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Brandeis University's Community Newspaper — Waltham, Mass.

EDITORIAL: BTVs bid for more money shows poor thinking

Published: March 18, 2005
Section: Opinions

After a highly successful year of producing and airing both original programming and movies on a minuscule budget, BTV put forth an amendment, which passed overwhelmingly, making it a secured organization. In the two years that BTV has received secured funding it has received almost $30,000 in student money, and yet the level of programming and services provided to the community has dramatically deteriorated.

Now BTV is proposing another amendment to fatten its purse at the expense of other campus organizations which, unlike BTV, have proven themselves over many years. In the process, BTV has consciously targeted younger students who do not know how the fledgling television station has fallen in quality and scope in the past two years. Throughout the process BTV has sought to downplay the effects its amendment will have on the Justice, WBRS, the yearbook, and Student Events, and yet the BTV executive board did not even speak to those organizations prior to proposing this ill-advised amendment. Finally, BTV has misrepresented how BEMCo and the Waltham Group will be affected by this amendment both will lose money under the BTV proposal, despite BTVs repeated and insistent claims, made as recently as Wednesday, that both groups will be unaffected.

It is for the above stated reasons that we urge the entire campus community to vote AGAINST this constitutional amendment.

BTV claims that it needs more student money in order to purchase professional-grade equipment, build a studio, and create a new, all-movie channel. All three claims are false.

In recent years the declining cost of technology and advent of desktop computer video editing has made the cost of producing quality television shows almost insignificant. BTVs contention that producing video with consumer-level equipment is akin to using a karaoke machine from WalMart to put on a concert, is completely absurd, and a blatant misstatement of the facts. Not only is current consumer-level miniDV equipment perfectly adequate for college broadcast, editing that used to require an entire online production studio can now be performed on an iMac.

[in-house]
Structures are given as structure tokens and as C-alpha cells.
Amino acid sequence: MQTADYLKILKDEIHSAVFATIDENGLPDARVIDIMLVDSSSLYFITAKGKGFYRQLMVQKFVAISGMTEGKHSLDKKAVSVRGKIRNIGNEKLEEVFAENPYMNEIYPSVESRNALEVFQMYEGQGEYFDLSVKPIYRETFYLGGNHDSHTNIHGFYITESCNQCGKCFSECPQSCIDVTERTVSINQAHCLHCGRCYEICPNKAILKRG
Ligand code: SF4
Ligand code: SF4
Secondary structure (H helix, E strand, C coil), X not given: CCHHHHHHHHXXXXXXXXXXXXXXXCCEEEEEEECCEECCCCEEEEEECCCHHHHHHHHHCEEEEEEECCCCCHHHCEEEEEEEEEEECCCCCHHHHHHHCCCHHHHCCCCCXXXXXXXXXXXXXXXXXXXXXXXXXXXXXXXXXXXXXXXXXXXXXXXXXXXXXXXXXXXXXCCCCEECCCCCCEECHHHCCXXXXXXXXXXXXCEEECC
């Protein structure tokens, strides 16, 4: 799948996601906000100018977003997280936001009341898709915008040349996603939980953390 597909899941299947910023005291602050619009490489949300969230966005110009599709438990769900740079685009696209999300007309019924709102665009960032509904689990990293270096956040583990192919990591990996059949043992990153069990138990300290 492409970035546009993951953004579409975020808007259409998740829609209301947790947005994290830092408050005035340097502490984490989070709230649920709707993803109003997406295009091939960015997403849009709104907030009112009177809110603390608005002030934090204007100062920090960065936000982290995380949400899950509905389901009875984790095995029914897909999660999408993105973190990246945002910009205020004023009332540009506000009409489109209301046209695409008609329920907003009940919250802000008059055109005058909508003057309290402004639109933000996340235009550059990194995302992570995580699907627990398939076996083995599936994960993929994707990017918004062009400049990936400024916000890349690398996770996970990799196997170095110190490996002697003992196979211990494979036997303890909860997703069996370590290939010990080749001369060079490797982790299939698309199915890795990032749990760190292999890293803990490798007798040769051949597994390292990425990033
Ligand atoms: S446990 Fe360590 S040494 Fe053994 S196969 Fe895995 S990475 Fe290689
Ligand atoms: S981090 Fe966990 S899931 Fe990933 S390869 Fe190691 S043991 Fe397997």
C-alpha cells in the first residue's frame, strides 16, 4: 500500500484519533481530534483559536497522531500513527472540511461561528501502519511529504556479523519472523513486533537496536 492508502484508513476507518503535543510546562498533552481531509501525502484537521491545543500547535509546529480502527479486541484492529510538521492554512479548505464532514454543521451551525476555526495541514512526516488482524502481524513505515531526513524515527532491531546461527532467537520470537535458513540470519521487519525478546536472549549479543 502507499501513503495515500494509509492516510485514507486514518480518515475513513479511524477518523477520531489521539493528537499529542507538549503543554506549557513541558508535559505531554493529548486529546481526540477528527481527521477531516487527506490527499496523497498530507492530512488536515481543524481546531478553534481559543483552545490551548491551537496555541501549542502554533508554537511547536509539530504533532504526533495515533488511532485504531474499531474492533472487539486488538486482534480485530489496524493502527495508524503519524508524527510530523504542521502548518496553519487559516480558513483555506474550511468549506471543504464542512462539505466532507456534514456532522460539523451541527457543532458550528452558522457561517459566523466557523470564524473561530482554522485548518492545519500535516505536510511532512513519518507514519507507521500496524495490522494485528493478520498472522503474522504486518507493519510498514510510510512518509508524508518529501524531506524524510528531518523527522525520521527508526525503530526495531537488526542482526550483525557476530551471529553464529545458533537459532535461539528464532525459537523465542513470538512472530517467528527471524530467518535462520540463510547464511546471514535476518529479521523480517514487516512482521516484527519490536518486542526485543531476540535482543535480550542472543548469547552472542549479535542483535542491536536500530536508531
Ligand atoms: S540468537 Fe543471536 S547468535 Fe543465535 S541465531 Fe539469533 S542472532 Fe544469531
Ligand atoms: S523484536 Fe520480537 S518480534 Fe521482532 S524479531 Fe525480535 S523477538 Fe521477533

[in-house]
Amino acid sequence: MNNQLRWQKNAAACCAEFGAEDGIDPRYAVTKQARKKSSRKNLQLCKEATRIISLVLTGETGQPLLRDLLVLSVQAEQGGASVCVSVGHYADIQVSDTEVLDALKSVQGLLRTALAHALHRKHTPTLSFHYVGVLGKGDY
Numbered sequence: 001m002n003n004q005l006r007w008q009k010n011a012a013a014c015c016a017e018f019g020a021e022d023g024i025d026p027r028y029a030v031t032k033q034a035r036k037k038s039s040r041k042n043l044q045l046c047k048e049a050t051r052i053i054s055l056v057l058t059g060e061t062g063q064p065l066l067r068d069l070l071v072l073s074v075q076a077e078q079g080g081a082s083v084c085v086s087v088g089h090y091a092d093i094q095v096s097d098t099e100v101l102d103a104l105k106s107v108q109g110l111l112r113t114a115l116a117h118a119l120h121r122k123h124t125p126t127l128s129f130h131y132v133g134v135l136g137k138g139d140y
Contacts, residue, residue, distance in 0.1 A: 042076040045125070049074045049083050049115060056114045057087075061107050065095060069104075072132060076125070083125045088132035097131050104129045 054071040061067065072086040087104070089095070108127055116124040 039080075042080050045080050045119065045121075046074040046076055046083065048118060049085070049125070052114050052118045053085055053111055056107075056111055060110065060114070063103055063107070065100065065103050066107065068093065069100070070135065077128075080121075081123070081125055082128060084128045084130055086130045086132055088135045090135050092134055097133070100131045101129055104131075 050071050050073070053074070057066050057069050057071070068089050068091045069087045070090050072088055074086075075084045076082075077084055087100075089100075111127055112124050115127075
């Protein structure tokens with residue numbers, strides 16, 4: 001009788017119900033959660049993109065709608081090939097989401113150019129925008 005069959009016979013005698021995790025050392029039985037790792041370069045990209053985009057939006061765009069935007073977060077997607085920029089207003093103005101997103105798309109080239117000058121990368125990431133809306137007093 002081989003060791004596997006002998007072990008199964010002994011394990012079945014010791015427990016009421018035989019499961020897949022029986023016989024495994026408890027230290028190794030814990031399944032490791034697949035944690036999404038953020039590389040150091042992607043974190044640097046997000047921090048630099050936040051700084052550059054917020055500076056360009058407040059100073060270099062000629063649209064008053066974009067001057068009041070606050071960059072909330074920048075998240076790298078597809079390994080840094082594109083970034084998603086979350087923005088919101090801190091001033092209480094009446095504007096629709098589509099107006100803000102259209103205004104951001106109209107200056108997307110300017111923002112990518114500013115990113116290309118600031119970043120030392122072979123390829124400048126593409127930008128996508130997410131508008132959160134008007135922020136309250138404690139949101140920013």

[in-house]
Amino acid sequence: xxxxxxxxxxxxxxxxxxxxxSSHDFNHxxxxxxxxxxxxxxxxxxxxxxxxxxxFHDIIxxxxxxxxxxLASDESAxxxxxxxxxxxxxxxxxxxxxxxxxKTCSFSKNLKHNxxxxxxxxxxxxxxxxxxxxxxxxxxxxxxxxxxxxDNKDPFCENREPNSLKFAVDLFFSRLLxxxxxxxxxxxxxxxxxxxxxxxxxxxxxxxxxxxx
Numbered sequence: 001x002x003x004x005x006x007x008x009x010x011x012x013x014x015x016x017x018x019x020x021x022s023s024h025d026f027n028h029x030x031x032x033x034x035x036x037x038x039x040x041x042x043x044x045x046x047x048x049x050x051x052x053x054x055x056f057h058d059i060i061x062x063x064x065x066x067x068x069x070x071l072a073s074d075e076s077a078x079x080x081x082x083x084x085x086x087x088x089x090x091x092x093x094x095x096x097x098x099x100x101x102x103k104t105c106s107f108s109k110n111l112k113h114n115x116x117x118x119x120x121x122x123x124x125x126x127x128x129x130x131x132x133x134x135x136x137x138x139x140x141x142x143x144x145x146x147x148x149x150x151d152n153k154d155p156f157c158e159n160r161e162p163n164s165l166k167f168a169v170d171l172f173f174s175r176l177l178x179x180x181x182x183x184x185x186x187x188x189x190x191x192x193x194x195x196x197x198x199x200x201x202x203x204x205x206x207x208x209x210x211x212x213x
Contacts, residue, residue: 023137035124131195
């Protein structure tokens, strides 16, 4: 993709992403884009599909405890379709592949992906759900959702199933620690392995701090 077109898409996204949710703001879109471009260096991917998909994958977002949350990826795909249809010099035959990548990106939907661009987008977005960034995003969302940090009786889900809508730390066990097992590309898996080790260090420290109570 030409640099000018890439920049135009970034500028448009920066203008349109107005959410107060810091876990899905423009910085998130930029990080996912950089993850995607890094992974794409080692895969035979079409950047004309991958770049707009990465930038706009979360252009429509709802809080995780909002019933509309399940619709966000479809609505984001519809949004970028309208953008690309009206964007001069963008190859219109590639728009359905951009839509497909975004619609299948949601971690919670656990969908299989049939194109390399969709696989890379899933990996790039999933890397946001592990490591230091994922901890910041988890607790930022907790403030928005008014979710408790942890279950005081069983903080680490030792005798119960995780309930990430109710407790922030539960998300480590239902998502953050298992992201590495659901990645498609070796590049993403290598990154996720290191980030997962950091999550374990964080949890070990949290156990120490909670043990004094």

Half a dozen video hobbyist magazines provide detailed instructions on how to stretch dollars by creating cheap and durable lighting and sound solutions rather than buying fancy (read: expensive) pro-level gear. Perhaps rather than looking for the latest in ultra-high-end equipment, BTV should get its priorities straight and start implementing solutions today that can have an immediate benefit.

BTV states that it needs money to build a new production studio, but it has not identified a location for such a studio, nor determined what such a studio would cost. There are no quotes or bids, no blueprints or floor plans. While we agree that BTV would benefit from permanent studio space, before student money is thrown at the problem, we expect BTV to do its homework and look at existing campus resources.

Finally, BTV claims that additional funding would allow it to operate a second 24 hour movie channel. We find this claim highly dubious. BTV right now cannot even fill one channel with programming, leading one to wonder how they expect to fill two. It is also unclear whether the cable infrastructure could even support a second channel. Talk of moving to an IP-based TV system has only just begun, and cannot form the basis of long-term planning. If BTV was committed to launching a second channel rather than attempting to get its first one in order, there is no reason why existing equipment could not be used to create a workable solution at very low cost. While fancy software and hardware for broadcast is ideal, we do not live in an ideal world, but a pragmatic one.

On every count, BTV is substituting complaints and excuses for a more productive pragmatic approach. Instead of showing our community how it can use the large amount of money we have granted it to improve the services it provides, BTV has fewer shows, worse quality, and lower viewership than it had only a few years ago.

Finally, BTVs approach to this amendment, one of entitlement and conceit, does nothing to recommend it to the community. A group that cares more about its own prosperity than about how its actions will affect the campus as a whole does not deserve any more of our money.

In the end, BTV has a long way to go to prove it is responsible enough to get a larger part of the student money pie. It needs to justify the money it has before it can ask for a raise.